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French FM to Urge Lebanese Officials not to Link Political Crisis to Syria War - ASHARQ AL-AWSAT English Archive
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Paris- French Foreign Minister Jean-Marc Ayrault is scheduled to visit Beirut next Monday to compel Lebanese officials into ending the country’s political crisis by electing a new president.

The minister, who is set to make a two-day official visit to Beirut, “does not carry new ideas,” foreign ministry sources said. However, he has the ability “to talk to everyone” inside Lebanon and abroad.

Paris believes that “complications” in Lebanon should not be a reason for an end to French diplomatic action towards the presidential crisis.

On the contrary, French authorities believe there is an urgent need to “mobilize their efforts” to end Lebanon’s deadlock.

Yet, they have admitted that France “does not have the magic wand” to resolve Lebanon’s political crisis.

French diplomatic sources said that Ayrault, who has lately discussed the Lebanese file with his Iranian counterpart Mohammed Javad Zarif and Saudi Deputy Crown Mohammed bin Salman, in separate meetings held in Paris, has come out with the impression that the two sides do not object to a political settlement in Lebanon.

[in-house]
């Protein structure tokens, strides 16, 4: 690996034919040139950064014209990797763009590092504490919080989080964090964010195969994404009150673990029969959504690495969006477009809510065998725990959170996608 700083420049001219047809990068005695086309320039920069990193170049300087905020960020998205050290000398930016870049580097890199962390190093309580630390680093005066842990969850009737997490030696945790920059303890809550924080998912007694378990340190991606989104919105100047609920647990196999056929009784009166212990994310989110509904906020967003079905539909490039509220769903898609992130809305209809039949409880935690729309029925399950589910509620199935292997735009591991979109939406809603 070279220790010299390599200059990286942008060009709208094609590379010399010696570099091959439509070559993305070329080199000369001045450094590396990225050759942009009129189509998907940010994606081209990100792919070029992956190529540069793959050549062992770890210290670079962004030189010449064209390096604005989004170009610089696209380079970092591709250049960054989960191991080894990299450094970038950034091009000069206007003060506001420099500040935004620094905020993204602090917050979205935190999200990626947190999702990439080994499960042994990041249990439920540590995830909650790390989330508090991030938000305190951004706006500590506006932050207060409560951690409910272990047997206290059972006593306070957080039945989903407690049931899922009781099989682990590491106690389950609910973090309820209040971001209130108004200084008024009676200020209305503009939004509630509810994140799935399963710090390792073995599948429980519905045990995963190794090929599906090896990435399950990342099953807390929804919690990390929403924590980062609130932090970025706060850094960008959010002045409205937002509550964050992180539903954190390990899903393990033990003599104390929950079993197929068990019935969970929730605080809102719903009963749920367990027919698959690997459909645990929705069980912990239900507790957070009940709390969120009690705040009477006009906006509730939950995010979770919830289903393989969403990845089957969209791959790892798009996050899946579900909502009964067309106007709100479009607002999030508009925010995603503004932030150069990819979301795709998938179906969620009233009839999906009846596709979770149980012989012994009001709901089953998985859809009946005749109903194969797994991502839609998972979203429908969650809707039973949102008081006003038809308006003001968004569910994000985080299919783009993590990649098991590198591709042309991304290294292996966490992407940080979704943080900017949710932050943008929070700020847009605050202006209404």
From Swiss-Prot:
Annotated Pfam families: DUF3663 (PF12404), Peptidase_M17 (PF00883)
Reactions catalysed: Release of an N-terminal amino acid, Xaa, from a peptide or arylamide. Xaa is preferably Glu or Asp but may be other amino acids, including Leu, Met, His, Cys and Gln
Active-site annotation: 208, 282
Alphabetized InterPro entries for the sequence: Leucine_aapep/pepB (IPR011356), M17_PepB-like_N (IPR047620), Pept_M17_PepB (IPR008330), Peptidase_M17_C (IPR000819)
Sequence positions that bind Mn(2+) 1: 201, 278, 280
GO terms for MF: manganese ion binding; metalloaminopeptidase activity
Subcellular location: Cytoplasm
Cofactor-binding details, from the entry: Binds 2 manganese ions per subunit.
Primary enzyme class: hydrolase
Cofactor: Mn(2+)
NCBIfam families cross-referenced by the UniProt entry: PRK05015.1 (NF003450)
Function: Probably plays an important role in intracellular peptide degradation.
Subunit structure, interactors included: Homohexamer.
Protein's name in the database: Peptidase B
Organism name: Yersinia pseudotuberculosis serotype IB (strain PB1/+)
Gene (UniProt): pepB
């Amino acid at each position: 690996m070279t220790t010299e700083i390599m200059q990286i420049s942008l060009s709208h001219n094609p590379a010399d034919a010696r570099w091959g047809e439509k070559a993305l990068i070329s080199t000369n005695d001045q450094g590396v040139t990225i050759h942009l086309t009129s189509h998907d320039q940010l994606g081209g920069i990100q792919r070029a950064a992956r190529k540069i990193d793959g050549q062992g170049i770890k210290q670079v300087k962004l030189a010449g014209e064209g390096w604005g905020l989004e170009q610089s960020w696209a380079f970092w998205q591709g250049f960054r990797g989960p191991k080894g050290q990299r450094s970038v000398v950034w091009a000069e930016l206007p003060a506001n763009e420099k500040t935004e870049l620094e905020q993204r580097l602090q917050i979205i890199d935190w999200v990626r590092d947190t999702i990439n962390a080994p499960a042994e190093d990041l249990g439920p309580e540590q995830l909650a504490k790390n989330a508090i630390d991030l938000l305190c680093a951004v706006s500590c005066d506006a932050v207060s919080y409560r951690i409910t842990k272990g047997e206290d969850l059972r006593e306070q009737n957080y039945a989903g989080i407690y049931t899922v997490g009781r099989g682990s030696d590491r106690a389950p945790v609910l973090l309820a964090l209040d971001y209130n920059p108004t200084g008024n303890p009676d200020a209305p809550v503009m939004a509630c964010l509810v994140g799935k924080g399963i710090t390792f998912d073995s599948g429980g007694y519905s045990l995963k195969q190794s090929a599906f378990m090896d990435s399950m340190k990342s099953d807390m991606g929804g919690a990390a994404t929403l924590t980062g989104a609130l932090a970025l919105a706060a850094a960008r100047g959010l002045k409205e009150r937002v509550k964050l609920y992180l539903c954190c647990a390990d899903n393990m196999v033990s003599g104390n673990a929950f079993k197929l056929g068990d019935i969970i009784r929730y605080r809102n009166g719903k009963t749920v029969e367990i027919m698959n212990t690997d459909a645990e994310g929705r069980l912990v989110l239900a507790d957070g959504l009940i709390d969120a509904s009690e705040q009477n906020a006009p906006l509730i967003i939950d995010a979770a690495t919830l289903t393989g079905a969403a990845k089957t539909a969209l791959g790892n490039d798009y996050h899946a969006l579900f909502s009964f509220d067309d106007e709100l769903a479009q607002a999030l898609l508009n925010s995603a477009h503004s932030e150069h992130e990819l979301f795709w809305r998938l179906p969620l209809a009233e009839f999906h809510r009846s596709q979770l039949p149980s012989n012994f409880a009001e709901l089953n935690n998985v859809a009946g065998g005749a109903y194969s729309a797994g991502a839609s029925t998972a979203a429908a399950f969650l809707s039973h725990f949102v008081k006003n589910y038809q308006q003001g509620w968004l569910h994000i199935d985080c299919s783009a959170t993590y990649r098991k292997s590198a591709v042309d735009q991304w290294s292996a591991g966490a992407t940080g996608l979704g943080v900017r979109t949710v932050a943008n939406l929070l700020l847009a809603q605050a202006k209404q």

Ayrault is scheduled to meet in Beirut with his Lebanese counterpart, the speaker, the prime minister and other top officials, including the presidential contenders MPs Michel Aoun and Suleiman Franjieh.

The French sources said that Zarif has pointed out to a possible political solution in Lebanon. They quoted Ayrault as telling his Iranian counterpart that the country’s crisis should not await the end of the war in Syria.

Political parties in Lebanon should draw a separation line between the region’s crises and their country, the French Foreign Minister allegedly said.

Ayrault will stress during his meeting with the Lebanese officials that Paris “does not have a plan.” But it “is willing to meet with all sides in Lebanon and abroad to facilitate a solution.”

The minister will tell the officials that they are chiefly responsible for reaching an understanding aimed at ending their country’s more than two-year crisis.

So far, all attempts and mediation aimed at pushing the Lebanese into electing a president have failed.